1733 JosePh Priestley was born.
1781 Uranus was discovered.
1852 The first Uncle Sam cartoon was published.
1877 Ear mufflers were patented.
1881 Czar Alexander III was assassinated.
1884 World standard time was established.
1935 Tennessee outlawed the teaching of evolution. (See May 5th entry.)
1972 Clifford and Edith Irving pleaded guilty to conspiracy charges. (See January 9th entry.)
1974 The Arab nations agreed to end their five-month oil embargo. (See October 17 entry.)
1988 I - King Jordan became president of Gallaudet University in Washington, D. C.
1992 The House of Representatives unanimously voted to publicly identify 355 current Capitol Hill check bouncers.
Though time may seem to pass more slowly in some places than in others, clocks all over the world are synchronized. It isn’t the same time everywhere, but we can look at our watches and calculate the time in Singapore or Moscow or Timbuktu. We’ve only been able to do that since 1884. That’s when an international conference which was held on this date in Washington, D. C. established an international time standard. Using Greenwich, England (00°00’ longitude) as the commencement point from which all time is measured as plus or minus Greenwich Mean Time, all the time in the world was adjusted at thirty minute and one hour intervals. For example, Maritime Standard Time is thirty minutes earlier than Eastern Standard Time; and Mountain Standard Time is one hour later than Central Standard Time.
Uncle Sam is America’s most popular relative. He’s been around a long time and today’s his birthday. In 1802, the lanky Yankee in the star-spangled suit was born in the issue of The New York Lantern, a weekly newspaper. Frank Bellew drew the original character that replaced the nation’s previous cartoon symbol—Brother Jonathan.
Nature played a key role in a couple of events that occurred on this date. In 1733, Joseph Priestley was born in Leeds, England. This Yorkshire chemist’s discovery—oxygen— swept the world like a breath of fresh air. And in 1781, British astronomer Sir William Herschel discovered a huge planet residing just past the planet Saturn in our solar system. Uranus was the first of three planets to be sighted during the next two hundred years.
Isn’t it ironic that on the same day the planet Uranus and oxygen were discovered, we would also mark the anniversary of our return to ignorance? In 1935, the state of Tennessee officially outlawed the teaching of evolution in schools. The fundamentalist fervor that triggered this action also fueled the famous John Scopes “monkey trial.” Attorney Clarence Darrow bravely defended the young teacher who was accused and and eventually convicted of teaching a religious heresy.
The straggle to be heard hit a high watermark on this day in 1988, when I. King Jordan became president of Gallaudet University in Washington, D. C. Students of this liberal arts college for the hearing impaired demanded to be heard: They protested the school’s tradition of hiring hearing-persons as presidents. Jordan became the school’s first hear - ing-impaired president, succeeding Elisabeth Ann Zinser who was a hearing person.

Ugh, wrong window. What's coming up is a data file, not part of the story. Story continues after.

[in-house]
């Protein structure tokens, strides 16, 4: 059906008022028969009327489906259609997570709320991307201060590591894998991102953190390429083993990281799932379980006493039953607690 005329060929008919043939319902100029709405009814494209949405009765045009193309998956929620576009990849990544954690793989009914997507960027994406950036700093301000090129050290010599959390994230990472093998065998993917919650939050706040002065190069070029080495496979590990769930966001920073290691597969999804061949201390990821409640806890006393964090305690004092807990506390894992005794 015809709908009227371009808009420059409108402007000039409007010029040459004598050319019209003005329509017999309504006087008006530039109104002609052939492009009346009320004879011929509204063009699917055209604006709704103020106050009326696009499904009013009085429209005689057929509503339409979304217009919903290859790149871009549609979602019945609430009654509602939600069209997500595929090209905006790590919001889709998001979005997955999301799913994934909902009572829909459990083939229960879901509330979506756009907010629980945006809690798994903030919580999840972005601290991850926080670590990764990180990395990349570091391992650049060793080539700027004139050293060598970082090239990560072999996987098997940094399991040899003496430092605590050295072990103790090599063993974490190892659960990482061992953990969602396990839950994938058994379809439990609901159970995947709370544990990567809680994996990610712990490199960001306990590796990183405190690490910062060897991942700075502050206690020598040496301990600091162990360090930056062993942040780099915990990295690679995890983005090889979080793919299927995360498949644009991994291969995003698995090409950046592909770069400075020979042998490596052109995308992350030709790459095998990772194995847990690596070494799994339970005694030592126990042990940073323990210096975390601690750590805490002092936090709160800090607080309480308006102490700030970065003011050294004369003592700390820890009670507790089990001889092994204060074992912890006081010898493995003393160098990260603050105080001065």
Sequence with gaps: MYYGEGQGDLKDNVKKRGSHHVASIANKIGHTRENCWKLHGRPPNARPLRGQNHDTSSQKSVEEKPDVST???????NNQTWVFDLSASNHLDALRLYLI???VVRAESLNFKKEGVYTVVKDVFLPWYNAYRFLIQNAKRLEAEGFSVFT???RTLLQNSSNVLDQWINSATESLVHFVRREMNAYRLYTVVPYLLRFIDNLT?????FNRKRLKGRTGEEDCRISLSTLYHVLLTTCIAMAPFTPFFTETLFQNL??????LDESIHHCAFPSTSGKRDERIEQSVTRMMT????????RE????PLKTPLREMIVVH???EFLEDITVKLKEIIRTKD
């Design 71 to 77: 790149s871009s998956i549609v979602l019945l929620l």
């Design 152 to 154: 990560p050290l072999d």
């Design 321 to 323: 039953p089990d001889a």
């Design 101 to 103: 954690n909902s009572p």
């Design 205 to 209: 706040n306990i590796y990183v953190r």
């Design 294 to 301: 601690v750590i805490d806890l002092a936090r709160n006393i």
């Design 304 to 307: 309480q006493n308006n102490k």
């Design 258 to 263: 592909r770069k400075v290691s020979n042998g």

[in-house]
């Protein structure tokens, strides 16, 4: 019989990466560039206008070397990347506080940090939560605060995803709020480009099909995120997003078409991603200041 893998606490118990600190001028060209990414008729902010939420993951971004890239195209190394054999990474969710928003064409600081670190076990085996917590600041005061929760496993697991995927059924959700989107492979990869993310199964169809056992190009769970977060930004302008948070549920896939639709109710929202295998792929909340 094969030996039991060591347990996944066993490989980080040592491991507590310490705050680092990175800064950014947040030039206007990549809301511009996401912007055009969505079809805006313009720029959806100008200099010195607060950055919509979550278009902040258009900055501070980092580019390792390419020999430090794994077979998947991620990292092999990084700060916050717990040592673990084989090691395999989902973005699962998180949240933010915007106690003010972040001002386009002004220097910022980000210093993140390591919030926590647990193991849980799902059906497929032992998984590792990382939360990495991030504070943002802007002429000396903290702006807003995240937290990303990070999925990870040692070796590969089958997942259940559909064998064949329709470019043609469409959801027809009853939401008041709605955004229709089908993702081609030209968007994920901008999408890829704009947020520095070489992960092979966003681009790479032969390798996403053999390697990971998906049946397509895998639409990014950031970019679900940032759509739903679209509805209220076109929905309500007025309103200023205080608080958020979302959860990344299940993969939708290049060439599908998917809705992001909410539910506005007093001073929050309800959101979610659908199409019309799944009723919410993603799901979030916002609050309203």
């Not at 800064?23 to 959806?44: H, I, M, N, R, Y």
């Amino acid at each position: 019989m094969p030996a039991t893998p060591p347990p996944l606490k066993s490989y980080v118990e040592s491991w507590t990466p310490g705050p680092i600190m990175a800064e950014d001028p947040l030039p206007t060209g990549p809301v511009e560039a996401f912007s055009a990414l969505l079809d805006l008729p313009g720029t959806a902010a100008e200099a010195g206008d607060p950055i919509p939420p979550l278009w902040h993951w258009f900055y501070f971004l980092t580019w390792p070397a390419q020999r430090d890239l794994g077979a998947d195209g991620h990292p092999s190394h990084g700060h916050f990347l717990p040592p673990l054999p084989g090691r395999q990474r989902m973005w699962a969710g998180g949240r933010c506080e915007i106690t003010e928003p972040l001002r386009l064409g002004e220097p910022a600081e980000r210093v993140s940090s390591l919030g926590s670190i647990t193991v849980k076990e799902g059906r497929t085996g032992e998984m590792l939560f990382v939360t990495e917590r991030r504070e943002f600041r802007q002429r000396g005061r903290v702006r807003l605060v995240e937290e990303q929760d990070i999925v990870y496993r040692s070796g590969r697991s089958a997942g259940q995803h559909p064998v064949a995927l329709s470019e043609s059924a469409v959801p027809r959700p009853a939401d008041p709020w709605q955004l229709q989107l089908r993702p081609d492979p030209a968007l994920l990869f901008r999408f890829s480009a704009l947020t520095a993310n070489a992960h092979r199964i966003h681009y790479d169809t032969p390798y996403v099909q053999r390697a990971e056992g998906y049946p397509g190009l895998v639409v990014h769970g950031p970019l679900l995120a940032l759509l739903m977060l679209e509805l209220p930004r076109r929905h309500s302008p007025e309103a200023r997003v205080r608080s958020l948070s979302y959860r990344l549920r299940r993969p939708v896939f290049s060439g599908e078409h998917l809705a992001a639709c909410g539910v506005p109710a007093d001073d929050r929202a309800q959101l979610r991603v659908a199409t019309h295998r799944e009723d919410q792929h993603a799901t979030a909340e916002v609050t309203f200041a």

Hasty actions can be the undoing of well-meaning schemes. On this day in 1881, Czar Alexander III was assassinated by radical terrorists who demanded a constitutional government in Russia. Ironically, the czar had just signed a bill to establish exactly what they wanted. When he died, so did the enactment of the agreement. In their haste to obtain certain freedoms, the conspirators destroyed their own dreams by not waiting for an official response.
Building public trust and confidence, including and beyond financial credit, is only the tip of the iceberg; maintaining that trust takes a lifetime of unfailing and honest work. When the U. S. House of Representatives unanimously voted, on this day in 1992, to publicly identify 355 current and former members who had overdrawn their accounts at the House bank, public confidence was dampened by an atmosphere of mistrust in elected officials.
Chester Greenwood of Farmington, Maine, was granted a patent on this day in 1877, for an invention that anyone who has been spared from cold ears on a frosty day can applaud. Inspired, no doubt, by a chilly New England winter, Mr. Greenwood invented a pair of ear mufflers.
Dependence on a single resource is a weakness that can enslave and destroy even the mighty. The United States learned that lesson on this day in 1974. The group of oil-pro - ducing Arab nations who had imposed a five-month embargo on sales to the U. S. ended their sanction. American dependence on outside oil resources crippled both industry and the economy. They tried to solve the problem by tapping into oil sources closer to home.